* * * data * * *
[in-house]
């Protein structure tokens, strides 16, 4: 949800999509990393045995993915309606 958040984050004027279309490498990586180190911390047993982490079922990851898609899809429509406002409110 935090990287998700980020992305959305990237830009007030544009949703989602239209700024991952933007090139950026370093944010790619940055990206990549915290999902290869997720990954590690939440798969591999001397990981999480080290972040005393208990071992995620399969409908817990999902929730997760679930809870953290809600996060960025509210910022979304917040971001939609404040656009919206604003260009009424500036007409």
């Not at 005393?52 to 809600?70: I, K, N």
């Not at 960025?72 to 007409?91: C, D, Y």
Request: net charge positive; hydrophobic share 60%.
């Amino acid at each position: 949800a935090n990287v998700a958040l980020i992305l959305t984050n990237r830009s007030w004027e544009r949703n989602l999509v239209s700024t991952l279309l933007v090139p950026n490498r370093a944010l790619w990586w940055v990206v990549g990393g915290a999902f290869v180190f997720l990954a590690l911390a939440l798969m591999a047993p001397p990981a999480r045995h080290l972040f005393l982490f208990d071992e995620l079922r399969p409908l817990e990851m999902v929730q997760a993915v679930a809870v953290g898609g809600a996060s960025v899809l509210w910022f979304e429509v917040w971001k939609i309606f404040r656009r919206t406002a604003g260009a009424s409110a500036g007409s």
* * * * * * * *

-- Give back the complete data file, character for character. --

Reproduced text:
[in-house]
């Protein structure tokens, strides 16, 4: 949800999509990393045995993915309606 958040984050004027279309490498990586180190911390047993982490079922990851898609899809429509406002409110 935090990287998700980020992305959305990237830009007030544009949703989602239209700024991952933007090139950026370093944010790619940055990206990549915290999902290869997720990954590690939440798969591999001397990981999480080290972040005393208990071992995620399969409908817990999902929730997760679930809870953290809600996060960025509210910022979304917040971001939609404040656009919206604003260009009424500036007409």
């Not at 005393?52 to 809600?70: I, K, N």
């Not at 960025?72 to 007409?91: C, D, Y």
Request: net charge positive; hydrophobic share 60%.
């Amino acid at each position: 949800a935090n990287v998700a958040l980020i992305l959305t984050n990237r830009s007030w004027e544009r949703n989602l999509v239209s700024t991952l279309l933007v090139p950026n490498r370093a944010l790619w990586w940055v990206v990549g990393g915290a999902f290869v180190f997720l990954a590690l911390a939440l798969m591999a047993p001397p990981a999480r045995h080290l972040f005393l982490f208990d071992e995620l079922r399969p409908l817990e990851m999902v929730q997760a993915v679930a809870v953290g898609g809600a996060s960025v899809l509210w910022f979304e429509v917040w971001k939609i309606f404040r656009r919206t406002a604003g260009a009424s409110a500036g007409s």